Phosphorus: Riverine System Transport

Authored by: Andrew N. Sharpley , Peter Kleinman , Tore Krogstad , Richard McDowell

Encyclopedia of Environmental Management

Print publication date:  December  2012
Online publication date:  December  2012

Print ISBN: 9781439829271
eBook ISBN: 9781351235860
Adobe ISBN:

10.1081/E-EEM-120046671

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Abstract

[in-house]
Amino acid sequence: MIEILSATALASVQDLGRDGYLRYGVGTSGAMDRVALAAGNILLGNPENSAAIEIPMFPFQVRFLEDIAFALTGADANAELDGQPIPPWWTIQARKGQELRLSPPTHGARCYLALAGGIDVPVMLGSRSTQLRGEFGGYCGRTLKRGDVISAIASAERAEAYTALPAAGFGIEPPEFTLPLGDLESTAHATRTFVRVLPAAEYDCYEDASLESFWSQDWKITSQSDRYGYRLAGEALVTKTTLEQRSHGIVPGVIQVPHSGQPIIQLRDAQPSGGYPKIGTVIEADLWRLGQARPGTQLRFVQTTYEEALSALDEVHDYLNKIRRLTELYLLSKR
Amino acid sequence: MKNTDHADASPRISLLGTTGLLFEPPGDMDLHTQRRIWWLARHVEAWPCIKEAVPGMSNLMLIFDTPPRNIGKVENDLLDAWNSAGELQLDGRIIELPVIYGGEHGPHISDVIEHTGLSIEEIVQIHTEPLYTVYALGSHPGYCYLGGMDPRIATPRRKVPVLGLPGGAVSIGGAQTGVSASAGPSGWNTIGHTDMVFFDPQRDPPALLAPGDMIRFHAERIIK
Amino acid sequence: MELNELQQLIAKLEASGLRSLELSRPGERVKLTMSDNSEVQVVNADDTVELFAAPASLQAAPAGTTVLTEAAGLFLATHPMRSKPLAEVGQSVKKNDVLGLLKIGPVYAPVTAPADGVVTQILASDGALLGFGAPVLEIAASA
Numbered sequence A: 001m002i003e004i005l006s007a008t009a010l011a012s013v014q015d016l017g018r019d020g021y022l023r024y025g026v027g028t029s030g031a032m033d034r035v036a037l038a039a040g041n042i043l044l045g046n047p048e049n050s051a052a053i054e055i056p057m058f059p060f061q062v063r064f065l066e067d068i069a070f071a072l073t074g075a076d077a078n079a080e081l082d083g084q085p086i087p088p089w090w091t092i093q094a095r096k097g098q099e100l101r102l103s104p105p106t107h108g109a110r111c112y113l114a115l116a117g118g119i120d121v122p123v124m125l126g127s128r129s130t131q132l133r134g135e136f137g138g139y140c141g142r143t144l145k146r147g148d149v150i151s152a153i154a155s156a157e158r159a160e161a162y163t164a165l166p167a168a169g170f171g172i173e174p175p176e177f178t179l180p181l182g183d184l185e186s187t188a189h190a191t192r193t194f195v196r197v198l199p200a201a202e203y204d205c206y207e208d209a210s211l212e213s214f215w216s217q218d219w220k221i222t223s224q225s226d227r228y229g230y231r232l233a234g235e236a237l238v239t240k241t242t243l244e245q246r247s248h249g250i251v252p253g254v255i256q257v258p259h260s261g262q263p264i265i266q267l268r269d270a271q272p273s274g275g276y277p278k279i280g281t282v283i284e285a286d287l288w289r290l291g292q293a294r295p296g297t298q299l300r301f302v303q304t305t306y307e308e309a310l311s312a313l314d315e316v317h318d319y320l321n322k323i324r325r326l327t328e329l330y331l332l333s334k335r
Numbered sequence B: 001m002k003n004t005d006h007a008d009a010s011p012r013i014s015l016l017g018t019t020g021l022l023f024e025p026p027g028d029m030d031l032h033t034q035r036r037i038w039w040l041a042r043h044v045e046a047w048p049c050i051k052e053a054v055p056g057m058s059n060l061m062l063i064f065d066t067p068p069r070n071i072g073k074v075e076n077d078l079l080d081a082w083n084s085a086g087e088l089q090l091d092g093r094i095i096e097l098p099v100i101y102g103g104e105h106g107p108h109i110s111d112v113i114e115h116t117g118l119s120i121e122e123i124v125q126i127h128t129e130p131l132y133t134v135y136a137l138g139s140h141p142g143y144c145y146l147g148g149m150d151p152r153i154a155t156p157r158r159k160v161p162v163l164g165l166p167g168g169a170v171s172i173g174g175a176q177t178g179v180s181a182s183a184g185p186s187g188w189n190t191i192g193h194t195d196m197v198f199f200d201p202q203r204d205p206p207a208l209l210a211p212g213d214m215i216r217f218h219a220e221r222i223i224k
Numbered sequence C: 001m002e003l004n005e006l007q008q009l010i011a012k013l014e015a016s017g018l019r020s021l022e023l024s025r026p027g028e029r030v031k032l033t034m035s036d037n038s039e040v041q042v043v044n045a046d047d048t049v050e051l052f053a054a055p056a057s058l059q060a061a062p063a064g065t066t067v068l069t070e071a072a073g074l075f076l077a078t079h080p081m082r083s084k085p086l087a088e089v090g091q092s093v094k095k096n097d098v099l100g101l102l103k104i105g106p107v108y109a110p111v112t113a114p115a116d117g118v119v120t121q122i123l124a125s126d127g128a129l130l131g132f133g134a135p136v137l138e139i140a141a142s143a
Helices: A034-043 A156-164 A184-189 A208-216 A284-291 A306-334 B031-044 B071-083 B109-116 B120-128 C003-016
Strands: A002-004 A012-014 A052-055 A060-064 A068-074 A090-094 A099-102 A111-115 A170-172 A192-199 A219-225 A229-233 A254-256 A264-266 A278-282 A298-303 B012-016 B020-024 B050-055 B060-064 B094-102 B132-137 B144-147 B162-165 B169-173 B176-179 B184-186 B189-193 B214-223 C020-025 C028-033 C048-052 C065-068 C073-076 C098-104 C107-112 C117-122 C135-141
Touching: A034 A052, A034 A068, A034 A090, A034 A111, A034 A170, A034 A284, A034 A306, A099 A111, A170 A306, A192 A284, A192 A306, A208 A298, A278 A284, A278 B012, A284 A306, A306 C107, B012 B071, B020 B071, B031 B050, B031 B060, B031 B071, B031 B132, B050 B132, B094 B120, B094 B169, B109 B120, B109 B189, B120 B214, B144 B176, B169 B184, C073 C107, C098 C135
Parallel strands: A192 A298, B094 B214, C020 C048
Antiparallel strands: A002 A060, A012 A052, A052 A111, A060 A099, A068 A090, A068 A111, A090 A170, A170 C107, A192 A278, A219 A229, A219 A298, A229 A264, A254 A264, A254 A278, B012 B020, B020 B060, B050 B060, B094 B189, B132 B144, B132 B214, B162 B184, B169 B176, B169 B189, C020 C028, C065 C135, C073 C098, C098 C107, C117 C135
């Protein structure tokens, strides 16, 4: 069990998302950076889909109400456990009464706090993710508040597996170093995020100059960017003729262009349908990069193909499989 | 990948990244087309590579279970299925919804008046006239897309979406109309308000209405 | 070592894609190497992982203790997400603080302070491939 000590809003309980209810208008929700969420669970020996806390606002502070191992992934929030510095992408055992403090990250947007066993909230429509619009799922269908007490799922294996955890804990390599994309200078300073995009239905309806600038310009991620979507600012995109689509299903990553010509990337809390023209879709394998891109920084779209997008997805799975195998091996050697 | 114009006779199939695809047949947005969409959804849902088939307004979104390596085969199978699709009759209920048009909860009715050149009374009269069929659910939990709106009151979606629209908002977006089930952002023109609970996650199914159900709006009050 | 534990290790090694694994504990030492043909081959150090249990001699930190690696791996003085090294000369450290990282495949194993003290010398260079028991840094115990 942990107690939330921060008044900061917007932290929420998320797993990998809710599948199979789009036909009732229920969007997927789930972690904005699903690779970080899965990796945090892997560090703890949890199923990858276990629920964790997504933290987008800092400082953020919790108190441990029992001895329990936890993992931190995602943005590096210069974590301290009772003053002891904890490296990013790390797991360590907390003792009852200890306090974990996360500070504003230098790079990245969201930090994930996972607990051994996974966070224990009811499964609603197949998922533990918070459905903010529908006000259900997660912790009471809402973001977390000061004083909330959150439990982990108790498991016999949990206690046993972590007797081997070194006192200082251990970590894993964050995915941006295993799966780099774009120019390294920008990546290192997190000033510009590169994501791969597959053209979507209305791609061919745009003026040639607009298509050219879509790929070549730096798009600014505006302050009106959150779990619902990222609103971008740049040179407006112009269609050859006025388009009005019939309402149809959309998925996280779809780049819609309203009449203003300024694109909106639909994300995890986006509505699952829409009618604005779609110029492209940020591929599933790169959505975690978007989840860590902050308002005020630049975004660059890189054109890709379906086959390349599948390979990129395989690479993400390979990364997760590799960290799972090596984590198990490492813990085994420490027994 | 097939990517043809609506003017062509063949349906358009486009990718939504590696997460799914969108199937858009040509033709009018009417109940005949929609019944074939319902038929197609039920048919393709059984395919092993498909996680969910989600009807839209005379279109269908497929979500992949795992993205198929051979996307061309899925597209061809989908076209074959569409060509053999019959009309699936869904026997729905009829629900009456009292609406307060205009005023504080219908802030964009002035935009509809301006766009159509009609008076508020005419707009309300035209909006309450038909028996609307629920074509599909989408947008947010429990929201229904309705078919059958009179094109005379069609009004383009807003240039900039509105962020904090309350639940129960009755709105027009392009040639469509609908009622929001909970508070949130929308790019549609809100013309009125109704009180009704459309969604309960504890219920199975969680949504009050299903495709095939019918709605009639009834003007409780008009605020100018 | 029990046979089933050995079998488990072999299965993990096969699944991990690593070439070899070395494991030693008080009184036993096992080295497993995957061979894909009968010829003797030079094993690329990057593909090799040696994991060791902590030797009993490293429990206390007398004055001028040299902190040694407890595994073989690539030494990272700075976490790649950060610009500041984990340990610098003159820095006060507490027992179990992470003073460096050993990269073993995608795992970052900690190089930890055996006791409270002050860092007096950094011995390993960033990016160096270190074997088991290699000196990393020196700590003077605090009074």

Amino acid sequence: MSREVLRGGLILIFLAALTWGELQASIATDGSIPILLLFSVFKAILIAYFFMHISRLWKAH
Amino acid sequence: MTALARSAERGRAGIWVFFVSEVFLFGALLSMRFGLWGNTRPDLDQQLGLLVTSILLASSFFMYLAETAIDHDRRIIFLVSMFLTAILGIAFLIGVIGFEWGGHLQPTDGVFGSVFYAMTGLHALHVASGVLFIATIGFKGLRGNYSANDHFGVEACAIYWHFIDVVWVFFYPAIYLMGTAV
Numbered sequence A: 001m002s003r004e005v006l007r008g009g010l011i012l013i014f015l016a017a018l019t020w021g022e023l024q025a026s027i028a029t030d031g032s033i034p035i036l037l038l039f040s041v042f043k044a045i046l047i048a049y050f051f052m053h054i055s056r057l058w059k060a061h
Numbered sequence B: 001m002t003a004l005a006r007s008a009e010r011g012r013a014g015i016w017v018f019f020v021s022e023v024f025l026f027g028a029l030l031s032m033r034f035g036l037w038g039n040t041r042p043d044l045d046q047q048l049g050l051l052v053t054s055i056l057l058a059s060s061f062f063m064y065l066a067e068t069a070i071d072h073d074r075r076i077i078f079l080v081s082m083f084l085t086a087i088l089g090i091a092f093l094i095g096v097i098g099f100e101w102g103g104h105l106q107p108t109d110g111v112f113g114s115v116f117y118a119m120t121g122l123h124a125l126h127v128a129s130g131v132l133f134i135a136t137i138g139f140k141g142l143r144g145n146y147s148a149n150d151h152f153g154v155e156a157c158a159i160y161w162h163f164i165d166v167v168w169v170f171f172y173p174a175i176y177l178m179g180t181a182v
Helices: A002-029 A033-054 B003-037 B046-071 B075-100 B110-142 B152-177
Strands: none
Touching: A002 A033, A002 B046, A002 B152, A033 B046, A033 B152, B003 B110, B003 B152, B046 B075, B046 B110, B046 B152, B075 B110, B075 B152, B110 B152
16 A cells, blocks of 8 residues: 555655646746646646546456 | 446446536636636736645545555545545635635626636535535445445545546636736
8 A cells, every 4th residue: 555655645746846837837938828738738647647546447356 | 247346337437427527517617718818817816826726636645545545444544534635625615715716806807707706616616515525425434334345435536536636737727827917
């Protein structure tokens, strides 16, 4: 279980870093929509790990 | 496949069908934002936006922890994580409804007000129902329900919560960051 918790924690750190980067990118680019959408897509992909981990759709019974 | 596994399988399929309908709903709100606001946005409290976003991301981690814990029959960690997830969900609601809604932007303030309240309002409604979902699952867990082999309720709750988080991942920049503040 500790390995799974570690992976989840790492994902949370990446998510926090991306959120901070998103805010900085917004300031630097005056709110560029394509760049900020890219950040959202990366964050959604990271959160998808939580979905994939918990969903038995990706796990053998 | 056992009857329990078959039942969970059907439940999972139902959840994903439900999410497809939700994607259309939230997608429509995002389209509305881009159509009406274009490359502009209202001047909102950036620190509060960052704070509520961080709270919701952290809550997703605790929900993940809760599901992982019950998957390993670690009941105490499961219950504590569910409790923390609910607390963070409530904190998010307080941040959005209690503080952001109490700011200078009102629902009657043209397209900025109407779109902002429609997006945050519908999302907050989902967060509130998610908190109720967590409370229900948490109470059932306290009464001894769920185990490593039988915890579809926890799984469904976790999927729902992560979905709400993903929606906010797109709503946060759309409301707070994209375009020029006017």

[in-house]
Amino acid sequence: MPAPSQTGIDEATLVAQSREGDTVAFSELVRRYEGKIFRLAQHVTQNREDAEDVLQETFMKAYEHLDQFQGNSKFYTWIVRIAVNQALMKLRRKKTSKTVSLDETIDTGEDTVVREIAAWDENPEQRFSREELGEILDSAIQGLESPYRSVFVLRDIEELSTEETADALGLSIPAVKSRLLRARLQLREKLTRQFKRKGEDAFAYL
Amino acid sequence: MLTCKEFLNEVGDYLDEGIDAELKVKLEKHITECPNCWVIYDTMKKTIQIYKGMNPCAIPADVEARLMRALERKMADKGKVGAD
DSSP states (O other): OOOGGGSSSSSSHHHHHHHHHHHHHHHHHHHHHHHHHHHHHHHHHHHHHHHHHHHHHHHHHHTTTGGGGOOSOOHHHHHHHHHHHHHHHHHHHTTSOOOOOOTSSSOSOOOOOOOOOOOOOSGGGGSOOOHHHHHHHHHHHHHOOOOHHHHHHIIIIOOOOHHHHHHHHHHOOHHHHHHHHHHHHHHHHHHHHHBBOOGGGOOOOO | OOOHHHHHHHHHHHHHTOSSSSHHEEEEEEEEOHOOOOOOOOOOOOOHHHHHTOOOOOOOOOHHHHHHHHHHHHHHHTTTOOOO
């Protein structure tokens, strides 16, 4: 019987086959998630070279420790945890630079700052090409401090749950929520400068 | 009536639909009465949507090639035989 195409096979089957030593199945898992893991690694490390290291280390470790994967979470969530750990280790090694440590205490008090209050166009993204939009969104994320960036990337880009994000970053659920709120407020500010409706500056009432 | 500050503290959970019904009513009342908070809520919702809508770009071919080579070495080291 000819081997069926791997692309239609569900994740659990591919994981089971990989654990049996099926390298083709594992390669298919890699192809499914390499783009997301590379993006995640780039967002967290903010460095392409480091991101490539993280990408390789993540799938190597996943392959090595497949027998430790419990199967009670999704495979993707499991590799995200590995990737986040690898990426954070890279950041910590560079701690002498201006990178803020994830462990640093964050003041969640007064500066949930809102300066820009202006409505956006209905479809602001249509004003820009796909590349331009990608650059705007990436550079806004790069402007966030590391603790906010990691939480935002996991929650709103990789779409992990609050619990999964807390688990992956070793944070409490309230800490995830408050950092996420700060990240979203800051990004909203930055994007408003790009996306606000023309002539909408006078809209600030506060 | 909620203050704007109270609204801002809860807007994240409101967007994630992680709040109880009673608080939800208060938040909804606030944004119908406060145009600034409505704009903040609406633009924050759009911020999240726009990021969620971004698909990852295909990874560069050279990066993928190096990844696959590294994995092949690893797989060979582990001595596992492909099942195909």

The role of phosphorus (P) inputs in accelerating eutrophication of freshwaters is well documented. The total load of P to a river can broadly be divided into point source inputs, typically dominated by sewage treatment effluents, and diffuse sources, often dominated by agriculture. There is a general increase in P transport in the order of rivers draining forested - native ecosystems, intensively managed agriculture, and urban settings. Point sources enter the river more continually through the year than do non-point sources, which are subject to large seasonal variation, typically as a function of overland flow. Changes in the forms and amounts of P during transport in streams and rivers can greatly influence the eventual impact of P loss on the degree of eutrophic response of receiving waters. These changes are mediated by physical (sediment deposition and resuspension and flow regimes), abiotic (P sorption and desorption), and biotic (microbial and plant uptake) processes. Such riverine processes influence the long-term transport and receiving water body response to P, where there may be a time-lag (years or decades) before improvements in water quality, or regeneration of diverse habitats, might become apparent even after P inputs are minimized. Clearly, implementation of effective conservation measures must consider fluvial system response behavior, where sinks may become sources of P with only slight changes in watershed management and hydrologic response.

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